Full access
in American Journal of Veterinary Research

Abstract

Objective—To measure QT interval duration and QT dispersion in Boxers and to determine whether QT variables correlate with indices of disease severity in Boxers with familial ventricular arrhythmias, including the number of ventricular premature complexes per day, arrhythmia grade, and fractional shortening.

Animals—25 Boxers were evaluated by ECG and echocardiography.

Procedure—The QT interval duration was measured from 12-lead ECG and corrected for heart rate (QTc), using Fridericia's formula. The QT and QTc were calculated for each lead, from which QT and QTc dispersion were determined. Echocardiography and 24-hour ambulatory ECG were performed to evaluate for familial ventricular arrhythmias. Total number of ventricular premature complexes, arrhythmia grade, and fractional shortening were determined and used as indices of disease severity.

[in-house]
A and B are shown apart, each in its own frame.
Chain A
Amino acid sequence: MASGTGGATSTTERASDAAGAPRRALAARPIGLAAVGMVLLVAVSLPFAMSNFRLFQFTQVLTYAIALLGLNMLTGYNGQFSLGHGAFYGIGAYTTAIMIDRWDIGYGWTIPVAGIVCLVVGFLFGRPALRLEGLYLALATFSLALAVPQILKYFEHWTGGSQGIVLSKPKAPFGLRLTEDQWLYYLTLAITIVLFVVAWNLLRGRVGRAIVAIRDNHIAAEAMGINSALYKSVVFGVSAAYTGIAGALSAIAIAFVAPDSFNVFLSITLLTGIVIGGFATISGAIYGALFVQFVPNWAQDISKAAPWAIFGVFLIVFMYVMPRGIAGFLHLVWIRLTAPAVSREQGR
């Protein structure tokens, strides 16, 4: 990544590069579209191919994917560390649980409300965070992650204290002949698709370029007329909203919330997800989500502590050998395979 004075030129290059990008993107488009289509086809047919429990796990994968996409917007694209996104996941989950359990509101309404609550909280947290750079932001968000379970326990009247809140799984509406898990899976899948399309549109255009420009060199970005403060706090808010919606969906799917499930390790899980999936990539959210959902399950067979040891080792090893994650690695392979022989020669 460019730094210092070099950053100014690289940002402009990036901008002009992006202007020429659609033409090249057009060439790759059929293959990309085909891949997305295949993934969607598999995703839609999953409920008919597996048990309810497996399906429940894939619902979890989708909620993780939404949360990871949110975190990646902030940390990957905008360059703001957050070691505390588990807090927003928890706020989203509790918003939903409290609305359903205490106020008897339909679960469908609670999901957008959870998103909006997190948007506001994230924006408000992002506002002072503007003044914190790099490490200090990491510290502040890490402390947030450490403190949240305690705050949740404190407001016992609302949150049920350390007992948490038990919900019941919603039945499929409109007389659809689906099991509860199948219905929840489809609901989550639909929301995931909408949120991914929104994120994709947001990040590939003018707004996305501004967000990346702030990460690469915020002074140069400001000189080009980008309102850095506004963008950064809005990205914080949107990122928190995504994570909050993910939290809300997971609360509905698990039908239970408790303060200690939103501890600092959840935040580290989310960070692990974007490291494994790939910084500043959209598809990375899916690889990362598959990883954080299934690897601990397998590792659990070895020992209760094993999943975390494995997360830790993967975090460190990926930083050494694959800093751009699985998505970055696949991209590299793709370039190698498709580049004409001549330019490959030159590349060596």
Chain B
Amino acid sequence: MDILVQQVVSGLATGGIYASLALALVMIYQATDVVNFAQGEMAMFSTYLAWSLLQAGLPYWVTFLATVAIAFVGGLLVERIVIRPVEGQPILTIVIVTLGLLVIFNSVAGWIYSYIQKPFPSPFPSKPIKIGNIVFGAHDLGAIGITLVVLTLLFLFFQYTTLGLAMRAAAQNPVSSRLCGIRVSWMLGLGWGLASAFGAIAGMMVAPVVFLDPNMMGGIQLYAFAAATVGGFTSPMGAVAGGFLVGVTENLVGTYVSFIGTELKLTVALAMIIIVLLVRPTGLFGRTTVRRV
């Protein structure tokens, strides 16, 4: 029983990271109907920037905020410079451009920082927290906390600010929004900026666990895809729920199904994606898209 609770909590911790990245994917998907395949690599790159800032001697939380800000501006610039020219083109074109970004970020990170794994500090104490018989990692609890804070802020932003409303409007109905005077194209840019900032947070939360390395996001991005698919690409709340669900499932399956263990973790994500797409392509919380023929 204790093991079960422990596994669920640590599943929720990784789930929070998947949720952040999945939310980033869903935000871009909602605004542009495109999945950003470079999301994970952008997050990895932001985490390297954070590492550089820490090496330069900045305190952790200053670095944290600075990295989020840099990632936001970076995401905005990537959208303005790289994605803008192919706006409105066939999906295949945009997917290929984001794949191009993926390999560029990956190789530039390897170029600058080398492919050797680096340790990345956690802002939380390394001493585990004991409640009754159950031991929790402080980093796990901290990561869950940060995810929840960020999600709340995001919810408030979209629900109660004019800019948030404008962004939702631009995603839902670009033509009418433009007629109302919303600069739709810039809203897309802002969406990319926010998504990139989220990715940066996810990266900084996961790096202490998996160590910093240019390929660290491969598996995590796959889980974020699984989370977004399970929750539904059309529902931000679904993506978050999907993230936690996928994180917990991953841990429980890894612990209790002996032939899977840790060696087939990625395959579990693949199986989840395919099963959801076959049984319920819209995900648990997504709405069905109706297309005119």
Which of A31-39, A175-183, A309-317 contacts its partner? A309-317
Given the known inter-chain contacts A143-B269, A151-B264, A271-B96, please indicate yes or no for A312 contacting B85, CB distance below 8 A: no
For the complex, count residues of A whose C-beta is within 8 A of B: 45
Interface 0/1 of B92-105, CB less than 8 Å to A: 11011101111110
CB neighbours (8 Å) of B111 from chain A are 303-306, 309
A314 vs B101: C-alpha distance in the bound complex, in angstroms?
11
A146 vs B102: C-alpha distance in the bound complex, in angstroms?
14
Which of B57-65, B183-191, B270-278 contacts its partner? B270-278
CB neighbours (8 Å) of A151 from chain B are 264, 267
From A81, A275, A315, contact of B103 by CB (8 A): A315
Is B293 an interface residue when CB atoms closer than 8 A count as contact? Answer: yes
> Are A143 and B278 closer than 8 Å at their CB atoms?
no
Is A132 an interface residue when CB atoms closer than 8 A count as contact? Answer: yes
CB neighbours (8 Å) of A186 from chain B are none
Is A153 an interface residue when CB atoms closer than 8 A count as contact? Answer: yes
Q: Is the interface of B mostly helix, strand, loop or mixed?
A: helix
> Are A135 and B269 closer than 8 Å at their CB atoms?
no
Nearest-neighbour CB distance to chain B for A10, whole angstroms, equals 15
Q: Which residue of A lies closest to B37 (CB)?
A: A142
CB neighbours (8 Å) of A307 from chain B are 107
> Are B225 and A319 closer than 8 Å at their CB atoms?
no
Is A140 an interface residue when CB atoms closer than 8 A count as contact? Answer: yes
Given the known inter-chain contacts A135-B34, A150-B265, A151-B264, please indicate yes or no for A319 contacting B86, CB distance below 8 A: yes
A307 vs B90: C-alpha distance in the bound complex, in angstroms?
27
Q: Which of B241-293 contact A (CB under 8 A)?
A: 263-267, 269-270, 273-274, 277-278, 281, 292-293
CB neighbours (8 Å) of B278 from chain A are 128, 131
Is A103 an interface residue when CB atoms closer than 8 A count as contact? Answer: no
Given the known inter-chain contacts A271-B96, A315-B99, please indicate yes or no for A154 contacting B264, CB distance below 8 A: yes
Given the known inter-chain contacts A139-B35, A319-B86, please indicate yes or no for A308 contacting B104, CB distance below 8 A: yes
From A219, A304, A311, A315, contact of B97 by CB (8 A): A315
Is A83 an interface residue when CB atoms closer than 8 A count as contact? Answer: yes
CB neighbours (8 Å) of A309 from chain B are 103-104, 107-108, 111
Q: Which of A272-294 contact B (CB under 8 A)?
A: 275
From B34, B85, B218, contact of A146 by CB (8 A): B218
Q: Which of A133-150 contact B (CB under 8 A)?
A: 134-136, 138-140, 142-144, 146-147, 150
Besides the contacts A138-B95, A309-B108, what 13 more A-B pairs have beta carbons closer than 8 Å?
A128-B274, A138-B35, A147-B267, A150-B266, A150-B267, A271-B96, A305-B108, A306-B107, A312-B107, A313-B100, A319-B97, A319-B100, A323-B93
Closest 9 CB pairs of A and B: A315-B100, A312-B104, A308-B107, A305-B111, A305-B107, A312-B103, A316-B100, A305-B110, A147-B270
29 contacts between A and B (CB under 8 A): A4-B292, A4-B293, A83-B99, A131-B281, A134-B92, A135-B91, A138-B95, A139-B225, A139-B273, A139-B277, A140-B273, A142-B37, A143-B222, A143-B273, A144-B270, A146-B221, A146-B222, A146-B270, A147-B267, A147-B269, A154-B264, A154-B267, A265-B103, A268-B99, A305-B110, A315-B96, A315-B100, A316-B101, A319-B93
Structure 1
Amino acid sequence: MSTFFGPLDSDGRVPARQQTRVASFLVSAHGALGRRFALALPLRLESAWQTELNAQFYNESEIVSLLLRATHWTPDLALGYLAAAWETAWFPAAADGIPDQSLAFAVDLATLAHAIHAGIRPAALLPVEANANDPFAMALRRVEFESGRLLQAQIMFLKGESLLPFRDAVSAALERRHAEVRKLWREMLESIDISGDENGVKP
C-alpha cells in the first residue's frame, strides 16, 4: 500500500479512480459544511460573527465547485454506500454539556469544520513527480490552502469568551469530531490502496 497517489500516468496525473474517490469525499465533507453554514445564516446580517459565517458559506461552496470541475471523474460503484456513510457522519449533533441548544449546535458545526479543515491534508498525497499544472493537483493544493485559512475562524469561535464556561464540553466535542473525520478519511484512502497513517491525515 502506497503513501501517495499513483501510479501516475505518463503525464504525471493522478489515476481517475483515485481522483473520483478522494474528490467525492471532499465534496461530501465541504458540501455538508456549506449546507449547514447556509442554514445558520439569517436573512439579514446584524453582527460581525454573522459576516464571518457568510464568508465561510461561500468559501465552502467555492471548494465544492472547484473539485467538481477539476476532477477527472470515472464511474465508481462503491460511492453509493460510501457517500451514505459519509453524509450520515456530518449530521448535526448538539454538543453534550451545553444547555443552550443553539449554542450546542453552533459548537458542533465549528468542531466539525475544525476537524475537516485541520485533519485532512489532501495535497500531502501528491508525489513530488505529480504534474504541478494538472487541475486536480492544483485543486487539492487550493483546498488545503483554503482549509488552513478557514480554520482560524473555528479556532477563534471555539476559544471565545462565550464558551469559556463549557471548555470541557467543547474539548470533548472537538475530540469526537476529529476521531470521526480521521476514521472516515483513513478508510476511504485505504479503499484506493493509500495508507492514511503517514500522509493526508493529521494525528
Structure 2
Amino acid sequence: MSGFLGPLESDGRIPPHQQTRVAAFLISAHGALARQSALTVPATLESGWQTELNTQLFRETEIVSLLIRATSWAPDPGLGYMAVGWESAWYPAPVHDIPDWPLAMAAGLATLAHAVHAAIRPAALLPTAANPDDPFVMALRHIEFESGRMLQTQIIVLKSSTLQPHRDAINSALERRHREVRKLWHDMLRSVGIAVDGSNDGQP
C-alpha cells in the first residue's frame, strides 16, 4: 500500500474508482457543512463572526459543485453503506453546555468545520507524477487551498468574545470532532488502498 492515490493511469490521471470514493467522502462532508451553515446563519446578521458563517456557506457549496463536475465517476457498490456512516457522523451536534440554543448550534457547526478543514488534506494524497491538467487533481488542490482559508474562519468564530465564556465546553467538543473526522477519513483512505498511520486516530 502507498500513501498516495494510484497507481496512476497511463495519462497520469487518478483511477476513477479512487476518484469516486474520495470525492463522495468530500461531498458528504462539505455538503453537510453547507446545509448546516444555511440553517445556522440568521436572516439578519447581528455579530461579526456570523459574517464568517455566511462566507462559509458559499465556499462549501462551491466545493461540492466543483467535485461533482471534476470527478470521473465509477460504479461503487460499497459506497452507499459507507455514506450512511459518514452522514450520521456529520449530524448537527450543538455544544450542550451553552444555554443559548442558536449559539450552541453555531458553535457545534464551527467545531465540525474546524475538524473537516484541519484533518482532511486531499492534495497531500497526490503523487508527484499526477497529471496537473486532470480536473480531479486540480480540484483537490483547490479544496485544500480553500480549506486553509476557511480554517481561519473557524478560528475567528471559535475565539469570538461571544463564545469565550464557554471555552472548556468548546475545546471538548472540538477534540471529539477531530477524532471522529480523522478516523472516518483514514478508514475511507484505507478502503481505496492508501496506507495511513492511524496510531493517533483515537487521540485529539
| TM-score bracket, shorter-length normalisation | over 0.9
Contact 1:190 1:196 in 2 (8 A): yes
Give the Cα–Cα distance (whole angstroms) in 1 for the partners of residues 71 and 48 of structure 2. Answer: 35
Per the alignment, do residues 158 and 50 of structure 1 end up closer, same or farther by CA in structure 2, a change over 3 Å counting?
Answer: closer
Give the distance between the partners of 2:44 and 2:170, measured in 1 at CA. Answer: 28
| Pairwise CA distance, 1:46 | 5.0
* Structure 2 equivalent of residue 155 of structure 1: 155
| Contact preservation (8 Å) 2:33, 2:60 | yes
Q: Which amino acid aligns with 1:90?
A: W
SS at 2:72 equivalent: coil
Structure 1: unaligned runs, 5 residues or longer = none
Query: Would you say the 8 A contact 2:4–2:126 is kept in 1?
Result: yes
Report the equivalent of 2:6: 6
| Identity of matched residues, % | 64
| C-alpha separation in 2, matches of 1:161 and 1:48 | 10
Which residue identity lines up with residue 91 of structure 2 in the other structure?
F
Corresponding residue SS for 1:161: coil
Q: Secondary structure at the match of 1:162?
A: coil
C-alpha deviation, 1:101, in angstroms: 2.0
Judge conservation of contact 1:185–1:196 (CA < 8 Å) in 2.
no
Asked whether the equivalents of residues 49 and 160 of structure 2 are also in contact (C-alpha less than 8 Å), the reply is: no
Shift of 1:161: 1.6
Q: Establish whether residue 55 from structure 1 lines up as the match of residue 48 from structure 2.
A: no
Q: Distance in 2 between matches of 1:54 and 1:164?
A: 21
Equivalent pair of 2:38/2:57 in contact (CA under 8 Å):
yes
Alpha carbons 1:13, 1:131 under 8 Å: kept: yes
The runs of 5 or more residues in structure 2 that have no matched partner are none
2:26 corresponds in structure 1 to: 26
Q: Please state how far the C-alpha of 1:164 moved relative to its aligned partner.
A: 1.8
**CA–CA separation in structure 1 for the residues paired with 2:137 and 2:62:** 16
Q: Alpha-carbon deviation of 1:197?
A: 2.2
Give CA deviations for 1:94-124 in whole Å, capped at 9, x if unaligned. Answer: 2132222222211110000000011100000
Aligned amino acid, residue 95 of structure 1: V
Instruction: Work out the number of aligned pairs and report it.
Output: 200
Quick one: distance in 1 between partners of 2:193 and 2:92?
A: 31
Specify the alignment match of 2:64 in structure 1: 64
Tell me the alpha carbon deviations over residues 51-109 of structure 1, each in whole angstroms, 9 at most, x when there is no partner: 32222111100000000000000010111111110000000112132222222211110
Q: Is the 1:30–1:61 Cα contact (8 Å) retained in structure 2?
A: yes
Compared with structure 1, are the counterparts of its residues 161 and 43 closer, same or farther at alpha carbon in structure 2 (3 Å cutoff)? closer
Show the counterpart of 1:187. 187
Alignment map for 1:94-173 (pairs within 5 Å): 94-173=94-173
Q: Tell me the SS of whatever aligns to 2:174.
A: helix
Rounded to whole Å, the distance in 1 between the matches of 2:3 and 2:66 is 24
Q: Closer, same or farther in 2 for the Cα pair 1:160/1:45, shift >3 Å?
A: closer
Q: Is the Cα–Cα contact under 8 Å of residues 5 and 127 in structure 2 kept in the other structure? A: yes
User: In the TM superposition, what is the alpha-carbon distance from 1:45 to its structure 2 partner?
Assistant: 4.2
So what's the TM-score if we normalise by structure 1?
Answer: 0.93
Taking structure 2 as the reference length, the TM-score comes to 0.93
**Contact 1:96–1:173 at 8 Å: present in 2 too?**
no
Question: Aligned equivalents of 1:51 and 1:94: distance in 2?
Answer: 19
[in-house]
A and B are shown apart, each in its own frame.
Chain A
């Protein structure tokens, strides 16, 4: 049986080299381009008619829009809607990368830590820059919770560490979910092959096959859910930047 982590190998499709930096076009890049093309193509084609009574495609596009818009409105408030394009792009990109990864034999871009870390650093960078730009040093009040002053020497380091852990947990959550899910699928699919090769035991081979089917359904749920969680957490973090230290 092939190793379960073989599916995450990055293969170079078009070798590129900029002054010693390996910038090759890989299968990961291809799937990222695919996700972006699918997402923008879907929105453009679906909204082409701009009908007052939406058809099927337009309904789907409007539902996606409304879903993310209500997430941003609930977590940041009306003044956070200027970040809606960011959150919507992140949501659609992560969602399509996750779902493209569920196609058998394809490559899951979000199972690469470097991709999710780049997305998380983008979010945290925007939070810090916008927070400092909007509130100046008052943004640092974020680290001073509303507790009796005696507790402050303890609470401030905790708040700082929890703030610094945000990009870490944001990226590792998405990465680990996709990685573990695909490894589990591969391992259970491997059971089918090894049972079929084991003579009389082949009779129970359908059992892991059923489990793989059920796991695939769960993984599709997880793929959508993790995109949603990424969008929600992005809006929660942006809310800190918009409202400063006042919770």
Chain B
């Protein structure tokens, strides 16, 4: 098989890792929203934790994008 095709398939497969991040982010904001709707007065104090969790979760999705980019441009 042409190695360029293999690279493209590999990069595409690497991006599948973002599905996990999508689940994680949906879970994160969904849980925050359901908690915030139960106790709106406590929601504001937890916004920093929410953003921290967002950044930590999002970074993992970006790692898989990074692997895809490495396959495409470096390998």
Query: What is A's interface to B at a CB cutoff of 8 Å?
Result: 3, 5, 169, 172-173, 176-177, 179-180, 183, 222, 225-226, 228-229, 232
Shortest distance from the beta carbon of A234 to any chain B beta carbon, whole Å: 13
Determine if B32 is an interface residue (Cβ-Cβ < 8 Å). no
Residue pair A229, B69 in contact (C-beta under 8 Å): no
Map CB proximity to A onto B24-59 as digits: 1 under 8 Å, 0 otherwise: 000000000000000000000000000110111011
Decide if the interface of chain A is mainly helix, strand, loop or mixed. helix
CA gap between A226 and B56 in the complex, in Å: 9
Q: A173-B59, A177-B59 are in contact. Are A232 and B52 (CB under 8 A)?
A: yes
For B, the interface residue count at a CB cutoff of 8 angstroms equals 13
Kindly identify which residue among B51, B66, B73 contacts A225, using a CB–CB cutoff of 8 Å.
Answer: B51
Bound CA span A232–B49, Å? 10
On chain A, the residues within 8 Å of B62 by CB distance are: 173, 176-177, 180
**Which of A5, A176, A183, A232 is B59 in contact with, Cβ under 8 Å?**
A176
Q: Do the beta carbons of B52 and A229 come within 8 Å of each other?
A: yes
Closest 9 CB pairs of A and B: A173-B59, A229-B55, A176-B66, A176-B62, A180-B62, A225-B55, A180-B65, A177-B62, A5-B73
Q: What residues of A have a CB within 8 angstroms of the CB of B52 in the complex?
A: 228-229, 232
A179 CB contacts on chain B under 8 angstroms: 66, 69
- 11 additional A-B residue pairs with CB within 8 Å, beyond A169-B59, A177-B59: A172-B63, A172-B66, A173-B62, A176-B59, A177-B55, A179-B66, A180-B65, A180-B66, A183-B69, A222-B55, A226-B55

Results—There was no correlation between any QT variable and total number of ventricular premature complexes, arrhythmia grade, or fractional shortening. No difference between QT dispersion and QTc dispersion was identified, and correction for heart rate did not affect the results.

Conclusions and Clinical Relevance—QT interval duration and dispersion did not correlate with indices of disease severity for familial ventricular arrhythmias. Heart rate correction of the QT interval did not appear to be necessary for QT dispersion calculation in this group of dogs. QT dispersion does not appear to be a useful noninvasive diagnostic tool in the evaluation of familial ventricular arrhythmias of Boxers. Identification of affected individuals at risk for sudden death remains a challenge in the management of this disease. (Am J Vet Res 2001;62:1481–1485)

Full access
in American Journal of Veterinary Research